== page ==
With their innate benefits, such as low cost manufacturing and availability of talent, corporate champions from emerging markets, China and India ahead of all, have begun to expand rapidly. So does BRICS, which has already gained the weight of G7 and is now promoting a mutual economic agenda, said Onkar Kanwar in an exclusive interview with BRICS Business Magazine.India
Having founded the Good Country Index on the principle that countries should compete less and collaborate more to respond to the challenges of our highly connected world, Simon Anholt launched the Global Vote this summer. For the first time in history, it empowers anybody in the world to vote in the elections of any country on earth. What is this new project trying to achieve; why do politicians now need a dual mandate; why does the culture of elections around the world need to change; and how is he going to enlist the support of at least one-tenth of humanity? Simon Anholt explains all in an exclusive interview with BRICS Business Magazine.Society
Sociologists claim that modern Russia is dominated by individualists. Collectivists are few and far between – a lot fewer than in the Netherlands or in Poland, for example. However, the group focused on the growth value so characteristic of most developed European countries is virtually absent. So, how is it that collectivism, in a country with a vast tradition of the tradition, has suddenly found itself out of fashion?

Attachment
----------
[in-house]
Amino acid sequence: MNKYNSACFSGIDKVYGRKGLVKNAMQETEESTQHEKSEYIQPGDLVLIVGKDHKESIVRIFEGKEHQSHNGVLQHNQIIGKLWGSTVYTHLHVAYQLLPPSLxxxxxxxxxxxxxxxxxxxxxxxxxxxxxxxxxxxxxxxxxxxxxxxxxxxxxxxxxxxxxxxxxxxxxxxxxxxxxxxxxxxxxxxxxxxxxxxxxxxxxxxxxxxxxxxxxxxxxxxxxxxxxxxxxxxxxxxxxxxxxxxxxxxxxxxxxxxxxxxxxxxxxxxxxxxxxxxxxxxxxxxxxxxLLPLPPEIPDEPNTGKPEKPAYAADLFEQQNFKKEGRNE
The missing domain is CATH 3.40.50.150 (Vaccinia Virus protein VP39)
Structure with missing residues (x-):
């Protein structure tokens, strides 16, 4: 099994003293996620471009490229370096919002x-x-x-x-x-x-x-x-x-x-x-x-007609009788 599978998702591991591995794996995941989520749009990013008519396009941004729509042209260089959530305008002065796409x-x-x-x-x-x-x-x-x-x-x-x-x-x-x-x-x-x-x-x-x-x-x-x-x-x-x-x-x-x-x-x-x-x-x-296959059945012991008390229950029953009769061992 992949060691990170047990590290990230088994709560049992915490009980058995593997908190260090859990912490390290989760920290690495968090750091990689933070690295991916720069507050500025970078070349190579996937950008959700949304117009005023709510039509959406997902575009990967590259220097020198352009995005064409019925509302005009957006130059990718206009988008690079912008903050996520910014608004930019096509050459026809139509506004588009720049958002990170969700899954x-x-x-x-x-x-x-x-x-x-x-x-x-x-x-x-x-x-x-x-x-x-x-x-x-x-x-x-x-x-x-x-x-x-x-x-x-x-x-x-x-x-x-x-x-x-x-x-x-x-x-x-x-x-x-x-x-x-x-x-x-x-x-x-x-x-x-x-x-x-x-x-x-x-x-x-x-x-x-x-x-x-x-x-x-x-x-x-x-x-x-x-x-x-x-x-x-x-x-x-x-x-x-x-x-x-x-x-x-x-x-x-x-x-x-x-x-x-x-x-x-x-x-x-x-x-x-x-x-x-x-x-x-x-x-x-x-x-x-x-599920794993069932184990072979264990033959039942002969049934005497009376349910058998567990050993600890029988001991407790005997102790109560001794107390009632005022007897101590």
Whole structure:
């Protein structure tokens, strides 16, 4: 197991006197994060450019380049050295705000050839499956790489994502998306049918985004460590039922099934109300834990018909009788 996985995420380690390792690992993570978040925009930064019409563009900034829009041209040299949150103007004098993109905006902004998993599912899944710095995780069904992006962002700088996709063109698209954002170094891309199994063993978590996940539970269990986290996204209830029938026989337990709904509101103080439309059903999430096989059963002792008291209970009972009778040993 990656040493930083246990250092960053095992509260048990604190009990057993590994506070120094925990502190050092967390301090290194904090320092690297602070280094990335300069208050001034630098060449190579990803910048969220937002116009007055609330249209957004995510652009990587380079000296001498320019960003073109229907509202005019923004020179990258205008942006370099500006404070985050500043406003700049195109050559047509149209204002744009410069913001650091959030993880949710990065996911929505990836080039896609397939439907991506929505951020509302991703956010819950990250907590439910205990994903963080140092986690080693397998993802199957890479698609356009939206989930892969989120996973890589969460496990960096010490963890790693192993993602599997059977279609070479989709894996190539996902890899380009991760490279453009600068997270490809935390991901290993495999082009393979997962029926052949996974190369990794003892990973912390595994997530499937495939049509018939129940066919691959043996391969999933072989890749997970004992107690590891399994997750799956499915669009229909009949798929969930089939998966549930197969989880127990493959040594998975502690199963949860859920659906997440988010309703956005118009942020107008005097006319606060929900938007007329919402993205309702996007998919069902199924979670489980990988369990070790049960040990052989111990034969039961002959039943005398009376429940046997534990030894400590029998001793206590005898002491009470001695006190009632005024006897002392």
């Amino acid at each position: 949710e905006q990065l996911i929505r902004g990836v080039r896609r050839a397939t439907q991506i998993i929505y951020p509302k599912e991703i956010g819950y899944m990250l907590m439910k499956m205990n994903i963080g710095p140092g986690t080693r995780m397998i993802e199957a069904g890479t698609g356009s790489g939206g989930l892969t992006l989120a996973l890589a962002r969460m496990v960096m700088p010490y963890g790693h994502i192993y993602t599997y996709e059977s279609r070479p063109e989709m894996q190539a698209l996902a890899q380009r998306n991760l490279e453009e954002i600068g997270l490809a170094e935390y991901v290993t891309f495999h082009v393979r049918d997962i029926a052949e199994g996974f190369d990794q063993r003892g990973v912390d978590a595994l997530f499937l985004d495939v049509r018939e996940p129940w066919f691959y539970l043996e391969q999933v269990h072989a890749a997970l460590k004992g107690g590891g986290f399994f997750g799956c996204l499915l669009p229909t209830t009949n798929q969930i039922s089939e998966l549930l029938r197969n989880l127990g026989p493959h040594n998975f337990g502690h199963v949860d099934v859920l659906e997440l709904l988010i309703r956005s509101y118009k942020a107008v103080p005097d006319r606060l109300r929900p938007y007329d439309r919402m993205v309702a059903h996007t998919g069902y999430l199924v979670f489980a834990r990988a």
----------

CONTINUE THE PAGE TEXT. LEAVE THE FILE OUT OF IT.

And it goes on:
A combination of cognitive computing and the Internet of Things is changing the world for the better. The future is cognitive, believes Jonathan Batty, who shared his futuristic views at a public lecture at the CIPR technological forum in Kazan, and then adapted it especially to the BRICS Business Magazine.Technology
The contemporary vision of a smart city utilizing modernist digital technologies, in fact, suggests a safe, secure, and comfortable heaven just for a few and at the expense of everybody else. However, there is another kind of citizen-centered smart city where the same technologies can be used for real, tangible benefit to entire communities, argues Adam Greenfield who shared his futuristic views during his public lecture at the Moscow Urban Forum this June.Technology
The transition to a new technological order, including the widespread use of robots, is the harbinger of a massive upheaval in every aspect of human life in the next few decades. Russia has every opportunity to become one of the leaders in the world of ‘Industry 4.0’, if the country manages to preserve and enhance creative human capital.Technology